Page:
Last summer, my parents took a trip to the homeland: Germany. I was not asked to attend and my only consolation prize was a slideshow of their photos after they returned. When I say “slideshow,” I of course mean that my dad hooked his phone up to the TV and showed every single picture he’d taken.
There were over 1,000. One thousand photos. Most of which were taken by accident from the inside of Dad’s pocket.
At some point I nodded off and was jolted awake just in time to see the startling image at left.
My dad casually mentioned this was the death mask of Martin Luther. Death mask?! What did any human do to deserve this?!
I made it my sad little life’s mission to learn more.
Bring out yer dead
Real quick: Based on the name, you’ve probably guessed that Death Mask is the villain in my upcoming critically-acclaimed graphic novel. Death Mask sprays a film that covers his victims’ faces until they eventually suffocate and die. He’s never seen without his mask because #spoiler: If he takes it off, he’ll die.
Too obvious? OK! Wait, where was I? Ah, yes: death masks!
Aside from being the villain in my aforementioned book, death masks are also wax or plaster casts of dead people’s faces, and sometimes their hands, intended to preserve their image.
Let’s recap real quick. As early as 1300 BC and continuing through the last century, people’d put plaster or wax over dead body parts and keep the molds as souvenirs. Centuries before the invention of photography, death masks preserved the dead person’s likeness. It’s one thing to have a painting of your dear old grandma — but a three-dimensional rendering of her face that’s true to scale? That’s an heirloom you won’t be donating to the thrift shop.
And that’s how everyone wants to be remembered, right? By their bottle-cap-size warts and jaunty jowls.
A macabre history
So where in the world did this tradition start? The first death masks can be found in Egypt, where they were made of wood instead of plaster. An Egyptian death mask only looked like the dead person’s face and was not an actual mold of it. Artists at least had the common courtesy to paint the masks, give them a little pizzazz.
Over in Rome, Julius Caesar’s death mask was famously macabre—more than a mask, it was a full-body molding showing all 23 of the stab wounds that killed him. Mark Antony showed the likeness to a crowd to prove Caesar’s brutal death. The sight of it started a riot that ended in a senate building being burned to the ground.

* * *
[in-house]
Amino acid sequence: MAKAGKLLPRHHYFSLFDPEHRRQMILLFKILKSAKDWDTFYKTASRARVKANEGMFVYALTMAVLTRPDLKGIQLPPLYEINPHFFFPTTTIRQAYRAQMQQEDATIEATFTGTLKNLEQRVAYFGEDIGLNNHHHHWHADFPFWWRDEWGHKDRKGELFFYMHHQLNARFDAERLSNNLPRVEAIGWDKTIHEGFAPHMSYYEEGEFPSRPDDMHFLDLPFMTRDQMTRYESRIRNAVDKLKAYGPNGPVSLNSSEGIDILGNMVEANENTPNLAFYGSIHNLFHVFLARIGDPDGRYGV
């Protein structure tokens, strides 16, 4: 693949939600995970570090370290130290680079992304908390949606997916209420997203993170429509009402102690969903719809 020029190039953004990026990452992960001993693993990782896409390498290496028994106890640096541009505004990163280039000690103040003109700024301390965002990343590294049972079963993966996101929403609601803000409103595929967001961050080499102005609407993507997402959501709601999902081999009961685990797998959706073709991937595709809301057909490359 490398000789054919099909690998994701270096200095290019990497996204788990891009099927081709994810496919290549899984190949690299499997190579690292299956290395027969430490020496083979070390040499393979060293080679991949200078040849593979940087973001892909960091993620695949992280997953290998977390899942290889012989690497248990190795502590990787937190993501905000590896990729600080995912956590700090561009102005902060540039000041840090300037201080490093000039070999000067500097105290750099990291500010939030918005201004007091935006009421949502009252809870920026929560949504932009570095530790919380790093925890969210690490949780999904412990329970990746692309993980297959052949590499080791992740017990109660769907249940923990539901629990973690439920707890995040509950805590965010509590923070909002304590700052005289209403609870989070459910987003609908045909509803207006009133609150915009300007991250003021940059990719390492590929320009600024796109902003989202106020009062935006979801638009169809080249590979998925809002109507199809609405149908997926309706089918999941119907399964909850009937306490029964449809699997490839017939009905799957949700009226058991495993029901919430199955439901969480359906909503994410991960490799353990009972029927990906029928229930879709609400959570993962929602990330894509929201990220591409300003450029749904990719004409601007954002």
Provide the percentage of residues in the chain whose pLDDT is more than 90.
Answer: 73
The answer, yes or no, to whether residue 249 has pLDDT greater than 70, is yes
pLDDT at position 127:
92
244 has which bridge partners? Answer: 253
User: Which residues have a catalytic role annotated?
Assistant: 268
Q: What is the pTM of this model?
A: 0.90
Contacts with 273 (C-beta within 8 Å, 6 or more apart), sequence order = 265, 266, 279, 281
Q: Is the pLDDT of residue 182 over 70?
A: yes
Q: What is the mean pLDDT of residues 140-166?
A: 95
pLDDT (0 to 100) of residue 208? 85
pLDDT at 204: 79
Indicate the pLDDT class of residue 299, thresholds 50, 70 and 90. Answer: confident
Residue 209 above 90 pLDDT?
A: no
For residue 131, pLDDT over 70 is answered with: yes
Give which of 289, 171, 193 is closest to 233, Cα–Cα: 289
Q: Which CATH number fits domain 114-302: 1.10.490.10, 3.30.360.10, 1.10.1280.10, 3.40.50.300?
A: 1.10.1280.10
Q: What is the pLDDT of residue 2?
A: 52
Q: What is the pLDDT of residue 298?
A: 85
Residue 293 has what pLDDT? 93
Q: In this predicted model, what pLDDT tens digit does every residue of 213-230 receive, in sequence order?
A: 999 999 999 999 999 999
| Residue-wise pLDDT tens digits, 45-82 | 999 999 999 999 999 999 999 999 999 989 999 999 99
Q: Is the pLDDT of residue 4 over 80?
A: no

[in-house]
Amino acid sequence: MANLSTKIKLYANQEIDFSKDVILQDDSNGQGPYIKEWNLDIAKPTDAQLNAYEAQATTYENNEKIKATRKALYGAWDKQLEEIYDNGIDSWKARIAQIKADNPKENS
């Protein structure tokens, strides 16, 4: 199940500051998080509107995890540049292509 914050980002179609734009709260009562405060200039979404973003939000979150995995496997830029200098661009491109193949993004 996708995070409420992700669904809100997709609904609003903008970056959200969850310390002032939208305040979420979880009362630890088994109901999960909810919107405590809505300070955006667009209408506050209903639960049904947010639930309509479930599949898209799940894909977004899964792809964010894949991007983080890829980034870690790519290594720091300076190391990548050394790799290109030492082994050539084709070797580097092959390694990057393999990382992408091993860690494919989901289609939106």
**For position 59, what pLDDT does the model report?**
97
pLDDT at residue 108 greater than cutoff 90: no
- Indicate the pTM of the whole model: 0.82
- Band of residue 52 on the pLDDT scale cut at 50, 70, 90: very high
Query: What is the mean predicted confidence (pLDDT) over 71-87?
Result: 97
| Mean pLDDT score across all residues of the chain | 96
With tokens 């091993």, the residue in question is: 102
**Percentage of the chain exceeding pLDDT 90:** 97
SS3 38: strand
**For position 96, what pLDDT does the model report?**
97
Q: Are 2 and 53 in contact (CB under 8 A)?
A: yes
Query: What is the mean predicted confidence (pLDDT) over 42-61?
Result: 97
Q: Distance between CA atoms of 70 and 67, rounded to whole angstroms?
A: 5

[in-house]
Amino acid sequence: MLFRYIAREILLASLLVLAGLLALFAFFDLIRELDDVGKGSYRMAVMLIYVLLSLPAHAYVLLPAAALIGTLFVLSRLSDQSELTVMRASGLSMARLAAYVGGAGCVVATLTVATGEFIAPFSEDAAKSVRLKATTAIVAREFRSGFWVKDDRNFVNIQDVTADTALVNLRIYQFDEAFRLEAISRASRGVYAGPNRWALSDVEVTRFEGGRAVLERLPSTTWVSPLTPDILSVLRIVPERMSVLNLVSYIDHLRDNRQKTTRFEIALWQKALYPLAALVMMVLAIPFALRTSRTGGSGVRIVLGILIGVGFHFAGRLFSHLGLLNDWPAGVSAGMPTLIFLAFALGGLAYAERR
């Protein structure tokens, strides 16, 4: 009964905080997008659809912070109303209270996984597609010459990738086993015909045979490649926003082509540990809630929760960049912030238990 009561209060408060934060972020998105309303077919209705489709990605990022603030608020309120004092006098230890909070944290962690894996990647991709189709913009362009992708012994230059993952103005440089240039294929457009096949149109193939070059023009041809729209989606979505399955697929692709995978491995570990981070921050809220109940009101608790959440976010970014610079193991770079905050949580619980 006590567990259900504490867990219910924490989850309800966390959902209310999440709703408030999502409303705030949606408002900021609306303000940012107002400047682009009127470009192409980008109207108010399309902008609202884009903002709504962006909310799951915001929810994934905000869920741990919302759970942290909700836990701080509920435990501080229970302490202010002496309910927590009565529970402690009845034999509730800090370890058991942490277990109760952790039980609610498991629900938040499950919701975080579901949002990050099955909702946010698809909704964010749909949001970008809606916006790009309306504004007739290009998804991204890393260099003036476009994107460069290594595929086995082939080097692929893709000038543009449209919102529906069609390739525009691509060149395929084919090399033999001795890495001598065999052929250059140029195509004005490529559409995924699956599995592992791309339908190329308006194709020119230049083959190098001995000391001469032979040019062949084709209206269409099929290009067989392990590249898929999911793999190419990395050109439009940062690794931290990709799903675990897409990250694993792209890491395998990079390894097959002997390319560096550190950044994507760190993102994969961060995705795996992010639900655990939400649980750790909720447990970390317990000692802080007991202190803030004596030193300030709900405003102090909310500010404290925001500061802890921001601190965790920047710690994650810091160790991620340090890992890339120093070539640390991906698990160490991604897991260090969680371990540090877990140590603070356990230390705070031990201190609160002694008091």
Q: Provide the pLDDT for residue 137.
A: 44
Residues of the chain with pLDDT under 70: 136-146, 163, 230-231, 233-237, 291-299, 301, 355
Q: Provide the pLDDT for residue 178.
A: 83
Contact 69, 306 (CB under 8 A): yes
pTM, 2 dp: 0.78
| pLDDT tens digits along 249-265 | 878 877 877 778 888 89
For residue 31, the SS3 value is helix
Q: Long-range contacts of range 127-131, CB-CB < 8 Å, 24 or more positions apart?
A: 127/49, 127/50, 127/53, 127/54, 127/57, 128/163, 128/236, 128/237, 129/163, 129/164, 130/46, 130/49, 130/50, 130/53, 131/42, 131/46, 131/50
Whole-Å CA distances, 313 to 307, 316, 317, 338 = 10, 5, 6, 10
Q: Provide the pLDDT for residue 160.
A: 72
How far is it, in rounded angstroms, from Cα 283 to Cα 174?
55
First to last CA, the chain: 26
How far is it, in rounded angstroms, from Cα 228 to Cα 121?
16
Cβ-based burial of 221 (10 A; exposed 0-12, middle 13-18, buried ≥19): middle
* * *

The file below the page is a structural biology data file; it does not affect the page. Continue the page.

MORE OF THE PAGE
To be fair, I probably would have done the same.
We can thank the Europeans for taking death masks to new heights/deep, terrifying depths. They insisted on making the masks less ornate and more creepily accurate. Artists used the masks for reference when they created paintings or sculptures of the dearly departed. The first known European death mask was King Edward III’s in 1327.
You might think that once photography and oil painting rolled around, death masks would become passé. But no! The tradition hung on. Even James Joyce has one!
RIP (Rendered In Plaster)
So how were these things made?
Ideally, artists arrived within an hour of a person’s death. Thanks to those guys, we have the most accurate idea of what several historical legends look like, since commissioned portraits often glossed over any flaws.
The first, and probably worst, part of the process was getting the body into an upright sitting position. This ensured a realistic depiction of the deceased. Then the body’s eyebrows and any facial hair was covered in grease or clay. This way, none of the hair would be ripped off when the mask was removed. Then came the plaster bandages mixed with water, placed over the face to capture even the smallest of details. The bandages could take up to an hour to dry.
The original mold could be used to replicate the dead face art over and over. Artists could fill the mold with wax or metal, which dried and BAM! A death mask was born!
Perfecting the craft
You probably won’t be surprised to learn that one of history’s most famous death mask artists was Madame Tussaud. She got her start making masks of people who died during the French Revolution. Later, however, she moved (not by choice) into the business of making masks for executed aristocrats. Meaning that usually her subjects had been beheaded. Madame Tussaud even made a death mask for Marie Antoinette. Which is a fun fact you can mention to cheer everyone up next time you go to a Madame Tussauds wax museum!
What’s that? You hoped there’d be more pictures?
Fine, then. Here’s the death mask of General Lee I’m sure you were looking for:
Oh, hi, Napoleon Bonaparte.
Sweet dreams from Catherine de Valois!
Found two centuries after his death, this is maybe the death mask of William Shakespeare. Of course, it’s just as likely it’s any other super dead person.